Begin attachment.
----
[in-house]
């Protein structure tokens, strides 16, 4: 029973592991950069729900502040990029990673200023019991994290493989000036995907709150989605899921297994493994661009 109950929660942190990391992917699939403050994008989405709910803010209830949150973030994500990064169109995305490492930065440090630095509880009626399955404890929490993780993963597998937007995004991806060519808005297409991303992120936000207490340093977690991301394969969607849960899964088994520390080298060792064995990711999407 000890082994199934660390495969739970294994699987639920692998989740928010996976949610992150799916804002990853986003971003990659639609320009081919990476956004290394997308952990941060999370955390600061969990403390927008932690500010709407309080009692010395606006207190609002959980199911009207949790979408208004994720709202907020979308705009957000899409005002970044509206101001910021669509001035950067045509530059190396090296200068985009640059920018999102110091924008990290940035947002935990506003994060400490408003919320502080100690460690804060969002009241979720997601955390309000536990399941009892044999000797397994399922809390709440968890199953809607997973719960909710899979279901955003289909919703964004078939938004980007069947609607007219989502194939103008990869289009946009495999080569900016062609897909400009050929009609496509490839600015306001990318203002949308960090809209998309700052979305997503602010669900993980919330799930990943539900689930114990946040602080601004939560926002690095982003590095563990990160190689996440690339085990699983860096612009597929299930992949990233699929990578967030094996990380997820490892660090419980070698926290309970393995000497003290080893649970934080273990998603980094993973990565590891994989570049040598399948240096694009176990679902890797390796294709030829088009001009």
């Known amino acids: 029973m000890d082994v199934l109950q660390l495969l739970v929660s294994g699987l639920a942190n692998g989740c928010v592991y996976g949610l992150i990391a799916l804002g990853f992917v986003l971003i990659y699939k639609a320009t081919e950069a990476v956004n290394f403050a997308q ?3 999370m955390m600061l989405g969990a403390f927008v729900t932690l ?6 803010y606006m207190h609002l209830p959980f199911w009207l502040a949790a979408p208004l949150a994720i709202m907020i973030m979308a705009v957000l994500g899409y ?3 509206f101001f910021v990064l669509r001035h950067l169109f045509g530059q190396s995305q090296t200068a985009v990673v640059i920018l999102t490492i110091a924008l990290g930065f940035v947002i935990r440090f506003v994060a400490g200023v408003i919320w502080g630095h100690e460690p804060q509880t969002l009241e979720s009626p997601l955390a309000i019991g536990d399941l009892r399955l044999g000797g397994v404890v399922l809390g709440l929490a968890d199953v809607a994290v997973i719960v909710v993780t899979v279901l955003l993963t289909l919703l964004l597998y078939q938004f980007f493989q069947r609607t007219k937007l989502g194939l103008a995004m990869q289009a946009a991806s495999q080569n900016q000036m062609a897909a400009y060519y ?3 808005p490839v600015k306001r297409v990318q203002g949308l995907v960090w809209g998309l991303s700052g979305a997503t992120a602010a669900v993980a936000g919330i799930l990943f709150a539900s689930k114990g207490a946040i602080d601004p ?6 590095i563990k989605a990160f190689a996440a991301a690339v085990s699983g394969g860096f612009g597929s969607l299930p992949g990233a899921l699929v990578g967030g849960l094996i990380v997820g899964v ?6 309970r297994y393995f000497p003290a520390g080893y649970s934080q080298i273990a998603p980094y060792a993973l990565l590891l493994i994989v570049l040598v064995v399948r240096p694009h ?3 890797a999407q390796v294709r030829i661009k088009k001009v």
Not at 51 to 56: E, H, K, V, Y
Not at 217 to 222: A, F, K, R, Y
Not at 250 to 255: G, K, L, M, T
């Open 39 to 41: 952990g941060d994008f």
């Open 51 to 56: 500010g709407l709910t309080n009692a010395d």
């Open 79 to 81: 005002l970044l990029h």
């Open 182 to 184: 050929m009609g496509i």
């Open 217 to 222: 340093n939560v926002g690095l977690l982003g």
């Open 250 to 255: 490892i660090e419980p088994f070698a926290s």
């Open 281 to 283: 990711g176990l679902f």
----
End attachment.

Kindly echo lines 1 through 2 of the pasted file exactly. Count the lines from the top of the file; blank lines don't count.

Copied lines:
[in-house]
């Protein structure tokens, strides 16, 4: 029973592991950069729900502040990029990673200023019991994290493989000036995907709150989605899921297994493994661009 109950929660942190990391992917699939403050994008989405709910803010209830949150973030994500990064169109995305490492930065440090630095509880009626399955404890929490993780993963597998937007995004991806060519808005297409991303992120936000207490340093977690991301394969969607849960899964088994520390080298060792064995990711999407 000890082994199934660390495969739970294994699987639920692998989740928010996976949610992150799916804002990853986003971003990659639609320009081919990476956004290394997308952990941060999370955390600061969990403390927008932690500010709407309080009692010395606006207190609002959980199911009207949790979408208004994720709202907020979308705009957000899409005002970044509206101001910021669509001035950067045509530059190396090296200068985009640059920018999102110091924008990290940035947002935990506003994060400490408003919320502080100690460690804060969002009241979720997601955390309000536990399941009892044999000797397994399922809390709440968890199953809607997973719960909710899979279901955003289909919703964004078939938004980007069947609607007219989502194939103008990869289009946009495999080569900016062609897909400009050929009609496509490839600015306001990318203002949308960090809209998309700052979305997503602010669900993980919330799930990943539900689930114990946040602080601004939560926002690095982003590095563990990160190689996440690339085990699983860096612009597929299930992949990233699929990578967030094996990380997820490892660090419980070698926290309970393995000497003290080893649970934080273990998603980094993973990565590891994989570049040598399948240096694009176990679902890797390796294709030829088009001009």